Contemporary Chinese artist Xu Bing is taking Austin by Storm
NATHALIE SCHERER Xu Bing is one of the first contemporary Chinese artists to gain popularity across the globe. His work, Book from the Sky, is now on view as a special exhibit at the Blanton Museum of Art until January 2017. If you haven’t had a chance to go see it, this is an absolute must. In addition to being a visually striking and thought-provoking work, it is also one of the Blanton’s first special exhibits focusing on a contemporary Chinese artist.
Walking in, you can see the exhibit hall is painted a deep, rich blue, invoking the sky. The soft but strong light emphasizes the whiteness of the scrolls, which are hanging serenely throughout the entire room. Entering the exhibit is an immersive experience, and the three dimensional nature of its setup envelops you; scrolls are billowing from the ceiling, laid on the floor, and covering the walls from floor to ceiling. The scrolls are not blank, but are covered in Chinese characters printed on by a typecast. The kicker is that every single one of the 4,0000 characters on view are complete nonsense. To an American viewer, this might not be immediately clear, but none of the Chinese characters are real; they read as gibberish. From 1987 to 1991, Xu carved carefully crafted, completely invented Chinese characters into wooden blocks. Ordinary Chinese characters are created by using different line components to form a character, and Xu skirted the line of reality and absurdity by using some real components, but then combined them in ways that do not make sense.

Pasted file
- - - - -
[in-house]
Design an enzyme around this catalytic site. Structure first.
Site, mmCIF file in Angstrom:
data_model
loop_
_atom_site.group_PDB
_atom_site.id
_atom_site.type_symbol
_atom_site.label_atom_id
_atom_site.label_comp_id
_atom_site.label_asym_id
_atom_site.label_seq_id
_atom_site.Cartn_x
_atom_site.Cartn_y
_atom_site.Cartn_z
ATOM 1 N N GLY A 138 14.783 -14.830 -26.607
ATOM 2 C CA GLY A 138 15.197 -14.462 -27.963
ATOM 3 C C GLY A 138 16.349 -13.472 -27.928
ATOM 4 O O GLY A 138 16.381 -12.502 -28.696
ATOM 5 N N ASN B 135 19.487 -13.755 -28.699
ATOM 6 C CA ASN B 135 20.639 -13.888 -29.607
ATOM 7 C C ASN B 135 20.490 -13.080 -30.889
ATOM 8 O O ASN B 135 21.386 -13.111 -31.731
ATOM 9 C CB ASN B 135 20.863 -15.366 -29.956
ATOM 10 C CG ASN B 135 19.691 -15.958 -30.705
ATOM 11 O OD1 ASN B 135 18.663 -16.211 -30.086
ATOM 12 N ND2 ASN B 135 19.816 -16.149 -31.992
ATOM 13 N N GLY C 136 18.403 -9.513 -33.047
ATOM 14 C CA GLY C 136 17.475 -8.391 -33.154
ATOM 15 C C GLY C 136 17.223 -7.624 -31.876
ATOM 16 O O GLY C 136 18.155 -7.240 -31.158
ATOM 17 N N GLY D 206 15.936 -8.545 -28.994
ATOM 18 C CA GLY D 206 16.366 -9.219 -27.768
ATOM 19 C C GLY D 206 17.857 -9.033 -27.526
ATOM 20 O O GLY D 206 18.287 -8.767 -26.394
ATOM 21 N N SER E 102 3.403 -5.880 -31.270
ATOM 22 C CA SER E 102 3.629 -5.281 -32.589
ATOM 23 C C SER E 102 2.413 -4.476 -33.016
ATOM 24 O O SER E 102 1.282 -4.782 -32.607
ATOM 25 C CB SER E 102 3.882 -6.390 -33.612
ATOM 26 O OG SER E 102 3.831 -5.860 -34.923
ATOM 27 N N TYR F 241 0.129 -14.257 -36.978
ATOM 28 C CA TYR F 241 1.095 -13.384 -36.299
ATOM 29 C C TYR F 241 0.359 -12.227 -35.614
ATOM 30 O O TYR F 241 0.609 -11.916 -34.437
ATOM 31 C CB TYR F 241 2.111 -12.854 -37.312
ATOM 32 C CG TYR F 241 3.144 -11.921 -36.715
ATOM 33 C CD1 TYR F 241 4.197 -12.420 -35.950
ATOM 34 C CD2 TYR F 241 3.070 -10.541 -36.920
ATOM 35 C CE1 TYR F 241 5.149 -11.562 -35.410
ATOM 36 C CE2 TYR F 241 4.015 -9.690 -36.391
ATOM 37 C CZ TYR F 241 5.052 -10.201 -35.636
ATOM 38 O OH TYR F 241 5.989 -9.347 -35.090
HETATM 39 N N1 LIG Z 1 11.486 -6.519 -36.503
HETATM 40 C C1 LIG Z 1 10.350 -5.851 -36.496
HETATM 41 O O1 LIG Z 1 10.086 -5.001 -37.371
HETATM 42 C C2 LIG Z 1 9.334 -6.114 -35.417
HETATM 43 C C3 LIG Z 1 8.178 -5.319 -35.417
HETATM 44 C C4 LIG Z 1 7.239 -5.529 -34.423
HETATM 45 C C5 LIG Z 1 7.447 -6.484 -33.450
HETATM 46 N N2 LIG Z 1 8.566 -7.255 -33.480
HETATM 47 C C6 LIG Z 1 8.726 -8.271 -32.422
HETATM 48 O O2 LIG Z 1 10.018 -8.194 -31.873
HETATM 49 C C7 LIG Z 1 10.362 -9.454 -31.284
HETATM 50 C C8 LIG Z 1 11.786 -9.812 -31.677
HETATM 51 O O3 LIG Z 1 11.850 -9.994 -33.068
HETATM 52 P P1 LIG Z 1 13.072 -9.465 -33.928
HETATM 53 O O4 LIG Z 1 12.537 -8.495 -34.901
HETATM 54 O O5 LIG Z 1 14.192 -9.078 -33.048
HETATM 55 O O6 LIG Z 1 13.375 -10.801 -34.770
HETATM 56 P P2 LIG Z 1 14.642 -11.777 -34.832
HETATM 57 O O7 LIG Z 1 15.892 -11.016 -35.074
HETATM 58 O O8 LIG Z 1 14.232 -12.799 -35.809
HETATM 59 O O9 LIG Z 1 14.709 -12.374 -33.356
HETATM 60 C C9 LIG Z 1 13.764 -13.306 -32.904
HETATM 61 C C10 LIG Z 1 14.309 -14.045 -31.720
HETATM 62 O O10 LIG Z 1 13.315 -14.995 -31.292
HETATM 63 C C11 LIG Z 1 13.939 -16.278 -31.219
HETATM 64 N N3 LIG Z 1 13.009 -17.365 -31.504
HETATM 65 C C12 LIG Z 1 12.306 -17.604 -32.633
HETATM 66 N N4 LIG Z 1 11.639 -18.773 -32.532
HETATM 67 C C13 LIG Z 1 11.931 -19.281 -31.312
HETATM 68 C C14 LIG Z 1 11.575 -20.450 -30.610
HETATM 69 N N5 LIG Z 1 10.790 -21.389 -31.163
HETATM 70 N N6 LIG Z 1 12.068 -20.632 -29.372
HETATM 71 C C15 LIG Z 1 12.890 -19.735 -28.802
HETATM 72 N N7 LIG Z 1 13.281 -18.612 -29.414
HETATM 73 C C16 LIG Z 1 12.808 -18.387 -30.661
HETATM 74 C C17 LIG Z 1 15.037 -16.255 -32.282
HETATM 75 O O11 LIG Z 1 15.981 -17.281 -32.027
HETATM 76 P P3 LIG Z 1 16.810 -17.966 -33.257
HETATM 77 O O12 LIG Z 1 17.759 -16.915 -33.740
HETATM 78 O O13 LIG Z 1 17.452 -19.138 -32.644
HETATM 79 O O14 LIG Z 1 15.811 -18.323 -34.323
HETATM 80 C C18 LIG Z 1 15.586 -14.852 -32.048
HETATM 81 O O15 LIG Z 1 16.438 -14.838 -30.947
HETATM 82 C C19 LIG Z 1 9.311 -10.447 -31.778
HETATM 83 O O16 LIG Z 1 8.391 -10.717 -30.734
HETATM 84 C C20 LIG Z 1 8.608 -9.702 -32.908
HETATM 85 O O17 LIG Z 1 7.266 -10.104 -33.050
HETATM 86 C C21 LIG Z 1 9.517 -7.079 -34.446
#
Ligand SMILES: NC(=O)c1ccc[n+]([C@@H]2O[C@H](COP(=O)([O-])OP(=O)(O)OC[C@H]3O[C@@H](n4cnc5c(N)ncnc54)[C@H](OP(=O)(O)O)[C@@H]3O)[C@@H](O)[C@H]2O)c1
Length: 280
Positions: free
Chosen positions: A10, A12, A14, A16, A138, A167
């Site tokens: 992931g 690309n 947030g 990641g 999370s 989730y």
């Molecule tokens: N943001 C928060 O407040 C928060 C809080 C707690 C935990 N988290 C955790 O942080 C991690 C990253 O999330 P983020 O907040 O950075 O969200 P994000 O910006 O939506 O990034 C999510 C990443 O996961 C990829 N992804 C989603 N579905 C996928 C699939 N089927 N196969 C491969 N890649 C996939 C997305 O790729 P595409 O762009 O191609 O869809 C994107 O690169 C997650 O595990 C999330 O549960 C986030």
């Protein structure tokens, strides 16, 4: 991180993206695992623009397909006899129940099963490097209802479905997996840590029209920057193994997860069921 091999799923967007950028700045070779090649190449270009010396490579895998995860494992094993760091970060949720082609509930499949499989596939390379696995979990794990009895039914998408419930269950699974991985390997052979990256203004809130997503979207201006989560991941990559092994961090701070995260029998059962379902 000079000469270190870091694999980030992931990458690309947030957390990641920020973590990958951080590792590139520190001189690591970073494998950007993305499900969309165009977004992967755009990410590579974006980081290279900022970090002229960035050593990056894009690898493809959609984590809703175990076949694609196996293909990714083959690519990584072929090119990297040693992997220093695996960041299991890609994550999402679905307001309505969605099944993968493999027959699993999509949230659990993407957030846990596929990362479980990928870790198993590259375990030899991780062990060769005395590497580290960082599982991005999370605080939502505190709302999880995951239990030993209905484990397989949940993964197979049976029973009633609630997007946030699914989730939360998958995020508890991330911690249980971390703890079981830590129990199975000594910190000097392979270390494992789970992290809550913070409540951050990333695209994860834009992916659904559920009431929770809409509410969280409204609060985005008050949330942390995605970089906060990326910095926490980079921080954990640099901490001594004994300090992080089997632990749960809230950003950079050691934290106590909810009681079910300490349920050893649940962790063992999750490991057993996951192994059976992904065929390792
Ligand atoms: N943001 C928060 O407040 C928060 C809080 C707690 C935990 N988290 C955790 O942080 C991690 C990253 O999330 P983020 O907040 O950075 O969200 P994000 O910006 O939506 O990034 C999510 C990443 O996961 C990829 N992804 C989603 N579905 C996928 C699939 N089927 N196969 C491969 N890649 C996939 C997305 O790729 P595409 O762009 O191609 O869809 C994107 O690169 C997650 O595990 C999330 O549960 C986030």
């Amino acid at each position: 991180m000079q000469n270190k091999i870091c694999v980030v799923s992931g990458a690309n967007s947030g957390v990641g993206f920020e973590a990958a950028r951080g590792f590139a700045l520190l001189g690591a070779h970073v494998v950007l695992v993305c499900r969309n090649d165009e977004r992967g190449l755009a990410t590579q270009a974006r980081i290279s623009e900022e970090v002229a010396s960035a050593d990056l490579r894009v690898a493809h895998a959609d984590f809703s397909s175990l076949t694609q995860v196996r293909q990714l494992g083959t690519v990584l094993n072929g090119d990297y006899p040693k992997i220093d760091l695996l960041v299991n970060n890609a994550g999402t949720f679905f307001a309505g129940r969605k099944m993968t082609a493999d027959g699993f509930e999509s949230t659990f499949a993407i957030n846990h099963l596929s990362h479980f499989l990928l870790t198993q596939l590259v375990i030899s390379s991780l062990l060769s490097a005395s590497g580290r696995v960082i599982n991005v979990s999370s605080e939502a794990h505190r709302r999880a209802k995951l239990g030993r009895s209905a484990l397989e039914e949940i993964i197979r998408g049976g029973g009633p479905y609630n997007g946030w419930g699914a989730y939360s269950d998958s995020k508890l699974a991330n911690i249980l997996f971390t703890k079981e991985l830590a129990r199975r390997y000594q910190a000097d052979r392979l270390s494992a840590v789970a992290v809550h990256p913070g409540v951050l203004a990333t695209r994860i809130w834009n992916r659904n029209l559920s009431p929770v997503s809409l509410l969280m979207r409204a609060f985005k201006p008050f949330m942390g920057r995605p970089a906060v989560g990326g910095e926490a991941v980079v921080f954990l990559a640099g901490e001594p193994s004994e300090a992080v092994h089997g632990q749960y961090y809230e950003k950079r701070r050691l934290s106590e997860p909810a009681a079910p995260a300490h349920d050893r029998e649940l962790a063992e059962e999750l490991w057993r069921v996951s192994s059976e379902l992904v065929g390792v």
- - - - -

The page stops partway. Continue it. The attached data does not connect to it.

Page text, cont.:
Xu grew up during the Cultural Revolution in Beijing, and Book from the Sky is in part his reaction to the things he experienced during that time in his life. The nonsense characters that appear in his work are a reaction to the propaganda and manipulation of language that Xu grew up in; the exhibit seems to be full of substance, but on closer inspection, is absolutely meaningless. During the Cultural Revolution, art was seen as a tool used to serve the people, rather than be art for its own creative or ideological sake. Art was used to serve people, rather than be channel for creativity. Xu simultaneously displays a respect for functional art, invoking the traditional medium of hanging scrolls, while adding his own twist to display his disregard for it. The Blanton put it wonderfully when they described Xu’s art as having “neither one of unconditional reverence for tradition nor denial of its value,” but rather a position that pays homage to Chinese tradition while molding it to fit contemporary issue. There is a long tradition of calligraphy writing and characters as a form of art, and Xu pays homage to this in every aspect of Book from the Sky. He purposefully does this, using the magnitude of the work, and the deliberate choice of medium to make it seem weighty, ancient and meaningful, even though it is not. The meaninglessness of something that is supposed to have meaning is what we can reflect upon when we walk out of this exhibit. As viewers, this pushes us to reflect on what words and language really mean, and how they can be manipulated.
Due to artistic restrictions by the Chinese government in 1990s, Xu moved to America, but has since moved back to become the vice president of the Central Academy of Fine Arts in Beijing. Book from the Sky, after a successful exhibit in China in the 1990s, has not returned since.